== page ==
By Mike Weilbacher, Executive Director
It’s Valentine’s Day, and while we’re canceling our scheduled evening program, I thought I’d share the strange tales of amorous animals. Nature is incredibly wonderful, but also incredibly weird.
Take the clownfish, for example, so famously depicted in Finding Nemo, that sweet name abducted by last week’s horrific storm. All clownfish are born male—not a girl in the bunch. They live in and around anemones, stinging relatives of corals and jellyfish; plantlike but actually animals, anemones are unable to move anywhere. So clownfish don’t go very far either. (And sadly, rarely go on any adventures of any kind.) Clownfish, immune from anemone stings, groom their host to remove dead and dying “branches,” and in exchange dine on dead fish left behind from the anemone’s handiwork.
A large female clownfish rules the anemone, a colony of males of a variety of ages and sizes hanging out with her, competing to mate, the largest using winning. But when the female dies, the next-in-size clownfish, the largest male, simply changes sex, and becomes the colony’s official female, establishing a whole new pecking order. (So in the movie, when Nemo’s mom disappears, the dad simply becomes the mom.) And it turns out this sequential hermaphrodism is not too rare in the wide, wide world—lots of species do it.
Fireflies are cool. A flashing field of fireflies is a huge stag party, acres of males flying the friendly skies. The females—bigger, abdomens overloaded with eggs—cannot fly, but sit watching the signals, as males flash their codes to potential mates, each firefly species using species-specific signals to seduce mates. When the female sees the right kind of male fly by, she gives him the correctly coded answer—and mating ensues.
Except one species knows the correct answer to a second species of firefly—she’s cracked his code. When she’s hungry and sees one of these hapless guys flashing by, she gives him the answer he’s looking for. He lands—and she devours him, using his protein to create her eggs.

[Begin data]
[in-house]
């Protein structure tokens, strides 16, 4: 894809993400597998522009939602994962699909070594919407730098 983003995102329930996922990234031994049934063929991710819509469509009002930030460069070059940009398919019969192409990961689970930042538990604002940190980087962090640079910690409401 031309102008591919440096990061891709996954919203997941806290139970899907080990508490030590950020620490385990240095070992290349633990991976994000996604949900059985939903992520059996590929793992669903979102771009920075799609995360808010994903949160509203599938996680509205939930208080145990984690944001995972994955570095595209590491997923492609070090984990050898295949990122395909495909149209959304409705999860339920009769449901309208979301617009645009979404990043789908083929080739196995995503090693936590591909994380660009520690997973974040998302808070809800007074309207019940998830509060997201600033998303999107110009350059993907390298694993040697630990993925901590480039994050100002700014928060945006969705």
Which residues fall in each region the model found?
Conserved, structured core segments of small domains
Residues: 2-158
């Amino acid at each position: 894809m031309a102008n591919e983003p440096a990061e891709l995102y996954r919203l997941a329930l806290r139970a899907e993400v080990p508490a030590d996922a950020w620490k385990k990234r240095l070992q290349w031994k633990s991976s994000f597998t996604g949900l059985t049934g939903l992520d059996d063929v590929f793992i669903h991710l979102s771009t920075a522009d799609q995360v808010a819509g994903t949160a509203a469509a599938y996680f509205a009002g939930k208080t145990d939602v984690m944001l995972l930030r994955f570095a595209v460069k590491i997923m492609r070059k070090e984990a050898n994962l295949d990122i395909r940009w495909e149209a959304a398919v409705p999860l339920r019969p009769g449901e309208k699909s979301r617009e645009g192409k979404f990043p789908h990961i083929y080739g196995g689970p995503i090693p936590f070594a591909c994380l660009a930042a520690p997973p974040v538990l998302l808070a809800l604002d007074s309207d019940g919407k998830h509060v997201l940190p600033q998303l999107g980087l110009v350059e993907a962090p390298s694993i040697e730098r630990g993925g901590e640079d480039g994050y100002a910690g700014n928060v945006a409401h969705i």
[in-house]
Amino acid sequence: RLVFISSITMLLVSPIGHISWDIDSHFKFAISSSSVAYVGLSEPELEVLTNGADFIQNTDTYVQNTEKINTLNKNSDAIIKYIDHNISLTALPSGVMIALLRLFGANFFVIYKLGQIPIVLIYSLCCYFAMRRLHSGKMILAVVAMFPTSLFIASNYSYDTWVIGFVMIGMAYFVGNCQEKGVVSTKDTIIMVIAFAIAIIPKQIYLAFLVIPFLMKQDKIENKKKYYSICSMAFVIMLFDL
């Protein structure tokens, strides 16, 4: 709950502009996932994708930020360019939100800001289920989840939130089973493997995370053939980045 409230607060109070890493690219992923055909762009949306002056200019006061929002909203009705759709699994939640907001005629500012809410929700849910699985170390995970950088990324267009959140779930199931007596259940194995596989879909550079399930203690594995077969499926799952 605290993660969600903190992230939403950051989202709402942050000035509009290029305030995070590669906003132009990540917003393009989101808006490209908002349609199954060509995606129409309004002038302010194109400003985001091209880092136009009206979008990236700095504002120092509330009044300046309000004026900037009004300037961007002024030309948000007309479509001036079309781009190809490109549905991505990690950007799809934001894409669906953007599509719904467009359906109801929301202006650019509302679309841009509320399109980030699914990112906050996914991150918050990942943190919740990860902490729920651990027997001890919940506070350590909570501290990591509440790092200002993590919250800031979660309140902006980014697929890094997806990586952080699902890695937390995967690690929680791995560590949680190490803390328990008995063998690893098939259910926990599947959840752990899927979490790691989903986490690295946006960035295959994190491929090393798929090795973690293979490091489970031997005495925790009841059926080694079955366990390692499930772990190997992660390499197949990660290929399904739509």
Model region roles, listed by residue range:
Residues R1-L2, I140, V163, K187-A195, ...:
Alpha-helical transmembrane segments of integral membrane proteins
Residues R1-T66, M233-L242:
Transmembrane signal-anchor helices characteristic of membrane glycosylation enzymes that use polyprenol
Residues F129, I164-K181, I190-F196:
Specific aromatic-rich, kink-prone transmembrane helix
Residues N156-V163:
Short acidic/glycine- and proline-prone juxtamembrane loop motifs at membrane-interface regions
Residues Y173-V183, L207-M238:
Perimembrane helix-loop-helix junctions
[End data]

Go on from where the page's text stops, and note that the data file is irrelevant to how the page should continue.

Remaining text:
Which reminds me of the honeybee. A hive is almost completely female, thousands of female workers grooming and caring for one supersized queen, the egg-layer of the group, the workers moving through life tackling a sequence of jobs, beginning as, say, a funeral bee carrying dead bees out of the hive, and ending as a field worker collecting nectar and pollen.
There are male bees, drones, creatures unable to perform any useful jobs, existing for one purpose: their sperm. Drones of many hives hang out in designated areas—like teenage boys in front of the Wawa—waiting for a potential queen to fly by.
When a queenless hive raises a new ruler, she takes a maiden voyage into that drone cloud, and ostensibly the fastest, strongest drone succeeds. Tragically, he dies upon ejaculation, most of his innards flying out with the sperm packet to form a plug that prevents the queen from ever mating again. Yup, it’s one and done for both.